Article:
|"Let my people go!"|
Remember the story of Moses and the Pharaoh and how it finally took ten plagues - the last one truly awful - for the Pharaoh to allow the Israelites to leave Egypt? While discussing how many people try to explain the ten plagues by natural reasons (e.g., it wasn't really blood, but an unusually high flood caused more topical red soil to color the water so it only appeared as blood), Bruce Feiler admits he often read the Bible this way. He wanted natural explanations for things claimed by the Bible writers to have happened supernaturally. He enjoyed the history, the places, the characters, but not the deeper thinking about the characters like what they meant to the story and what they meant to him. As he began reading Exodus while Walking the Bible, Bruce finally realized how futile this deliberate attempt was and how he was missing a "principal storyline of the Bible: the relationship between humans and the divine."
"As it happens, the text itself reveals precisely what causes the ten plagues. God caused them. To miss that point is to miss the essence of the tale, the battle between the god of the Israelites and the gods of the Egyptians, the battle that Eliezer Oren referred to as 'My god is stronger than your god.' Biblical storytellers clearly understood this struggle, because the plagues expressly attack the things that Egyptians held most sacred: the sun, the animals, the river. As the Bible says, summing up the experience, 'The Lord executed judgment on their gods.'" (pg. 183)
The author then goes on to show how this judgment of God upon the Egyptians and the Israelites escape from slavery was "a significant break" in the Bible. "Up to now, the Israelites have been wandering, from Mesopotamia, through Canaan, to Egypt, and absorbing elements from all these places. They are now ready to break away and begin forming their own culture, their own empire. They must now become active participants in their own story: actors, not just reactors."
God declares what the Israelites must do in order to escape the final plague that He was going to mete out on the Egyptians: the killing of the firstborn! Each family had to sacrifice a lamb and put the blood over the doorpost of their house.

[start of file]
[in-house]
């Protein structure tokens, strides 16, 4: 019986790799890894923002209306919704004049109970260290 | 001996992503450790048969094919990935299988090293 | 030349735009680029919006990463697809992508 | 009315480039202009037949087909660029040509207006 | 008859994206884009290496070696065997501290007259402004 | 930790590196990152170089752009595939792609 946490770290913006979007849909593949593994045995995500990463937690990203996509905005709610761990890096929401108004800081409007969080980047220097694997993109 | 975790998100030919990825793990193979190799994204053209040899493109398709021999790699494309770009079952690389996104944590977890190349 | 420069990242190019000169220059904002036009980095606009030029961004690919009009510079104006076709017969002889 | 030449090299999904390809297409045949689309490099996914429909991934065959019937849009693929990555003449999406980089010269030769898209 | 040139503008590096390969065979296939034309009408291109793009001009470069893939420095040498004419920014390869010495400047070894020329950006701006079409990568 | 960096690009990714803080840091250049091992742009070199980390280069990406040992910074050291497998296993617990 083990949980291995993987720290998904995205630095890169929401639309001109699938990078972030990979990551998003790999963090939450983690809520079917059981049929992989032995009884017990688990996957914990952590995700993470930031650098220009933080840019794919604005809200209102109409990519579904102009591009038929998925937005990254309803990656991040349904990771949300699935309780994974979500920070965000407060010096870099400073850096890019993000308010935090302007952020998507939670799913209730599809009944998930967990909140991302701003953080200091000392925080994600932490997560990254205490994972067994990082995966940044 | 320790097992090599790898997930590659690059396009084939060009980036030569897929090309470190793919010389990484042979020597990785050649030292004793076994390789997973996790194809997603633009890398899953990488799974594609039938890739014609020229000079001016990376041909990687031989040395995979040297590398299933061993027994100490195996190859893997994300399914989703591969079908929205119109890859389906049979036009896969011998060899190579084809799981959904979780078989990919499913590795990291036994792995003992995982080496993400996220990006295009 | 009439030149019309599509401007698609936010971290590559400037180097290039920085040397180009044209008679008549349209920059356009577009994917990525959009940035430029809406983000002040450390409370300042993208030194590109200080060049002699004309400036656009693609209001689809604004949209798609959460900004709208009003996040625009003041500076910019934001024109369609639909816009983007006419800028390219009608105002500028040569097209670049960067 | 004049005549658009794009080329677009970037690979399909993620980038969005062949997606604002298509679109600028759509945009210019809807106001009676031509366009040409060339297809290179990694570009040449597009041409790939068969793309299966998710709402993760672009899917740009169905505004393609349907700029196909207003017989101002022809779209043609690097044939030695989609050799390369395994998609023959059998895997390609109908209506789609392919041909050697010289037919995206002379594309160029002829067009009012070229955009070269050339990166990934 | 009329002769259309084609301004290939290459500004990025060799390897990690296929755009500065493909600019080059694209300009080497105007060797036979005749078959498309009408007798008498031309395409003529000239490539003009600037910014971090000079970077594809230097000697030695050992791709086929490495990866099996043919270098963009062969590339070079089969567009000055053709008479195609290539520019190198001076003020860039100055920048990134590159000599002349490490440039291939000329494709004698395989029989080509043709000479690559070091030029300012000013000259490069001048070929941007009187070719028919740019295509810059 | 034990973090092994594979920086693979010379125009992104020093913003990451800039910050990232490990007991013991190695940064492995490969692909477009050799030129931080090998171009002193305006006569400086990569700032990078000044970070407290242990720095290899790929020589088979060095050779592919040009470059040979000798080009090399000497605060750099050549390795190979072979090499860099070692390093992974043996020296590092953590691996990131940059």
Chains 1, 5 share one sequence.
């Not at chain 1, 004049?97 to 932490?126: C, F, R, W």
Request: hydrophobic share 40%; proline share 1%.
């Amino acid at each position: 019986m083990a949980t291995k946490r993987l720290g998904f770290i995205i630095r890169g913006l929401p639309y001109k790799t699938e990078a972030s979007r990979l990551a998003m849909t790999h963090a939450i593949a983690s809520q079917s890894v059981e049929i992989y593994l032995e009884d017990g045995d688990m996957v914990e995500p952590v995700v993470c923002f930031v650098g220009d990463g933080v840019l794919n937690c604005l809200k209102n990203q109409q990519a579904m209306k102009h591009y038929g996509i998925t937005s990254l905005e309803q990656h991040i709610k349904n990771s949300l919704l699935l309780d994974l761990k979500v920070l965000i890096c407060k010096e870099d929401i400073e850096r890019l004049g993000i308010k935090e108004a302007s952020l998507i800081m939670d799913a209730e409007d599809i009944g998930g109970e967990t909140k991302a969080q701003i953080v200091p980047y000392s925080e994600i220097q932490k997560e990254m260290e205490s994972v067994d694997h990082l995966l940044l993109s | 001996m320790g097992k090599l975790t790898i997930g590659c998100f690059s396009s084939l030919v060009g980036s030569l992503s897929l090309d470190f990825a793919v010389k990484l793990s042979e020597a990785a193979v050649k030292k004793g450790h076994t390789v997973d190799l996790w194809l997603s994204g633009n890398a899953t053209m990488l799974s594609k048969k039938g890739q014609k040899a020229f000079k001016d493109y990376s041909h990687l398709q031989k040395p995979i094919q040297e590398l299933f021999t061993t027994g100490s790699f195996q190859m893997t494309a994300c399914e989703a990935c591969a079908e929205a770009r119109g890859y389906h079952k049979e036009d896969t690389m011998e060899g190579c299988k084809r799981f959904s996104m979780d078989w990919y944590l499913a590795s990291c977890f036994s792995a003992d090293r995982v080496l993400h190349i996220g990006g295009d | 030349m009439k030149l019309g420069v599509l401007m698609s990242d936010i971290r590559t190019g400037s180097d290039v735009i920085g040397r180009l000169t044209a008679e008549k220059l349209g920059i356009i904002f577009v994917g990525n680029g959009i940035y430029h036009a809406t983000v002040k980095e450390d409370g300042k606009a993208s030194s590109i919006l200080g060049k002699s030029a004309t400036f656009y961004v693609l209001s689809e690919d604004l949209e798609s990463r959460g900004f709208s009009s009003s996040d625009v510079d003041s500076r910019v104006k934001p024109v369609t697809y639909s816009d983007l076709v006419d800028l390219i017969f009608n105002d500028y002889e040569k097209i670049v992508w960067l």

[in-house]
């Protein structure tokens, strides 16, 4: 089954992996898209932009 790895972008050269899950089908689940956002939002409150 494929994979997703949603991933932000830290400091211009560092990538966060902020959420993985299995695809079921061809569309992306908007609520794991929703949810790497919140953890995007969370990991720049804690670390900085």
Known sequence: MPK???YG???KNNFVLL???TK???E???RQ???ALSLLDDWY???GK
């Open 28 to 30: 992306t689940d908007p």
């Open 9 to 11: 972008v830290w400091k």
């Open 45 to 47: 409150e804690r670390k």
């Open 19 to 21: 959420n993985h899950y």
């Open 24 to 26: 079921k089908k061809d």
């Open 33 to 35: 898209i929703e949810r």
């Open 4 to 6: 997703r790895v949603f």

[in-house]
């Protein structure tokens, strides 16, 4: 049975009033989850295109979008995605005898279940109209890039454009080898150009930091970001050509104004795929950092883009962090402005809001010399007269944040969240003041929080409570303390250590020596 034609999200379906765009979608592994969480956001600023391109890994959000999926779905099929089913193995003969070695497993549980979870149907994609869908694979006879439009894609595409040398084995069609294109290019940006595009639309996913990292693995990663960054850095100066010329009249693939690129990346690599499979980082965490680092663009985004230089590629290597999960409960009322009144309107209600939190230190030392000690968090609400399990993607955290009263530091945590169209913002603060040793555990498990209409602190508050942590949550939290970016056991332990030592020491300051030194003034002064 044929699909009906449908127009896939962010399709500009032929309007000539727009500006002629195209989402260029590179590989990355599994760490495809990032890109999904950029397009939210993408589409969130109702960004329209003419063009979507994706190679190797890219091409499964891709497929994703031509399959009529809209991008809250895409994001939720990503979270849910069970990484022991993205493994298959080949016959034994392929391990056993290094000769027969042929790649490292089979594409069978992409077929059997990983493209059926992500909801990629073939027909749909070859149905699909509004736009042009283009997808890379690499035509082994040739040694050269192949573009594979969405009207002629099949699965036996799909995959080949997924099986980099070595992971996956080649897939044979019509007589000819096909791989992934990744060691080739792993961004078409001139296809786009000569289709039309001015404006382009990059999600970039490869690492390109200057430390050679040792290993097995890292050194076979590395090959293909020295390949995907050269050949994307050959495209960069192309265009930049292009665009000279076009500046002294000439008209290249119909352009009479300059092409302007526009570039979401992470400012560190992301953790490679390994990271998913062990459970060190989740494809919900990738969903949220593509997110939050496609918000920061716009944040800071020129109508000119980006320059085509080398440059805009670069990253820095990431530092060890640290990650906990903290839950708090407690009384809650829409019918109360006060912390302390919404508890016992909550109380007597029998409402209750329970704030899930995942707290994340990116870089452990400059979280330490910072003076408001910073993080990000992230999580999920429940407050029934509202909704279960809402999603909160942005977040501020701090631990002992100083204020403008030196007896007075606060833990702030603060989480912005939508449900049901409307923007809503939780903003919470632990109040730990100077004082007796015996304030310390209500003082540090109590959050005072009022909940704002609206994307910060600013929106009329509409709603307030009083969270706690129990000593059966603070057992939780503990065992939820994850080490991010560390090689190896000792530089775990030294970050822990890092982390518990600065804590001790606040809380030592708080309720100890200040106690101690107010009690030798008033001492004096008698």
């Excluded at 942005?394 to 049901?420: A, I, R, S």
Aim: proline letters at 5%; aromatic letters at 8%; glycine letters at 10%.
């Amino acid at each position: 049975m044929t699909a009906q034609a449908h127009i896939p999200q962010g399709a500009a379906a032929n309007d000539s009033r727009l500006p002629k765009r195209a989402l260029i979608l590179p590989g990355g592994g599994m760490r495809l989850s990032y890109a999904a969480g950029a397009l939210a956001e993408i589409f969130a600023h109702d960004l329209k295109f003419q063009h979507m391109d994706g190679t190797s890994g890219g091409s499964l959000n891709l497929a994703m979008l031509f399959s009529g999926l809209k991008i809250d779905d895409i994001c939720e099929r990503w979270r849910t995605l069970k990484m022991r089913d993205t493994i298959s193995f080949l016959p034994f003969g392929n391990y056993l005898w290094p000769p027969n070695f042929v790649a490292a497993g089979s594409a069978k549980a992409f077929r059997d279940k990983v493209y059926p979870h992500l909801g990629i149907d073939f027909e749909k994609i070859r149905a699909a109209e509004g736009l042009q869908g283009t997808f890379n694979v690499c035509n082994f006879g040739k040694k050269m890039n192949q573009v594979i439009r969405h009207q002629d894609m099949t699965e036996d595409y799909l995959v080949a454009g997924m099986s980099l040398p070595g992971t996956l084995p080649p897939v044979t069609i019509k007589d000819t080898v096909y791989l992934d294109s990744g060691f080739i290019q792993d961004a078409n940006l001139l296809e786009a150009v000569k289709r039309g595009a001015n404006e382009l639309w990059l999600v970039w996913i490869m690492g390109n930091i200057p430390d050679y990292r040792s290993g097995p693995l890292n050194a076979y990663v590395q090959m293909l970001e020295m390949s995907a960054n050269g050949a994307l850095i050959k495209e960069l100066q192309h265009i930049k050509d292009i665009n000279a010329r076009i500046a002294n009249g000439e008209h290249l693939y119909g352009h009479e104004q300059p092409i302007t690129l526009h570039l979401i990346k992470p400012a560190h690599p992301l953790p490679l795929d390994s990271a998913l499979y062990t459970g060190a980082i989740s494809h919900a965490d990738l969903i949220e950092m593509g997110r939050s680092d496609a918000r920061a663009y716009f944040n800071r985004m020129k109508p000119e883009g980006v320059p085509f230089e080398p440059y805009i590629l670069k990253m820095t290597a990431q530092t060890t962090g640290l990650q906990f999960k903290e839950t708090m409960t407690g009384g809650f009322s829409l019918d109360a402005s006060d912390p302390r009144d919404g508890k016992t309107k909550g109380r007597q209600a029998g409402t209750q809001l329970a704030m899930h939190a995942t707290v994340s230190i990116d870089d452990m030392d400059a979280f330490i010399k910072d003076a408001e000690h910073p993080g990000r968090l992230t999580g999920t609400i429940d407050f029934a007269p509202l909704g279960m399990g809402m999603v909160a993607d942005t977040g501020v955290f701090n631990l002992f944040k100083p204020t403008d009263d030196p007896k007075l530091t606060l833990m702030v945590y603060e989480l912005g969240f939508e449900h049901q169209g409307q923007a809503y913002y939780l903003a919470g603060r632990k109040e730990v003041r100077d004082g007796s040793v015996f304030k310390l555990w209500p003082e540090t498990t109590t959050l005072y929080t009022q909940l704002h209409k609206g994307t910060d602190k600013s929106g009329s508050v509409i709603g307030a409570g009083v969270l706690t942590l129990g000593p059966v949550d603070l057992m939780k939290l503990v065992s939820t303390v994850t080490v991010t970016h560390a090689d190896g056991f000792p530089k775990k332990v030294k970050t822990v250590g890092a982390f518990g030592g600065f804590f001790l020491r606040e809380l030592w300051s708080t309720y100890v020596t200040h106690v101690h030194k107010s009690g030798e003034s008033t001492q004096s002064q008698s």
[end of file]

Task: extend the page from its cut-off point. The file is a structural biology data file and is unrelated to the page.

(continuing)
When the Angel of Death came through, he would pass over* each home where this blood was present. God instructed the Israelites on what to eat and how to prepare it. He also set up this reenactment for the Jewish people to do each year as a remembrance. Each generation would now remember what God did to save their nation from slavery and make them a people prepared for Himself. This is how the Israelites of old and Jewish people today keep in mind the faithfulness of God in delivering them from their oppressors. (see page 184)
So entering the story - being actors - is helpful in understanding. I suppose this is why Muslims perform hajj and reenact many events that Abraham, Hagar and Ishmael experienced according to the Islamic faith. And by sacrificing the lamb they are remembering God's provision to Abraham so Abraham wouldn't have to sacrifice his son.
* Thus the Passover is remembered each year. Also in the Christian faith, we see this as a type of Christ. Christ is the perfect Lamb of God who takes away the sin of the world (John the Baptist's words in John 1:29). Sin brings death, but when we accept Jesus' work for us on the cross and trust him as opposed to our own good works for salvation, we in a spiritual sense apply the blood of Jesus to our lives and when the "angel of death" sees us, he passes over us. No spiritual death for the one wearing the blood of Jesus Christ. (Think spiritually here not literally.)
Thoughts? If you are Muslim, what do you think is the significance of reenacting the events of hajj or Eid Al-adha? If you are Christian, do you celebrate any reenactments? I know some churches have Palm Sunday and do Easter plays and Christmas plays in order to reenact some of the events of Jesus' life. And also there are baptism and the Lord's Supper which we do in remembrance of Jesus. Do you think it's important to become part of the story rather than merely read about them or observe from hundreds of years later?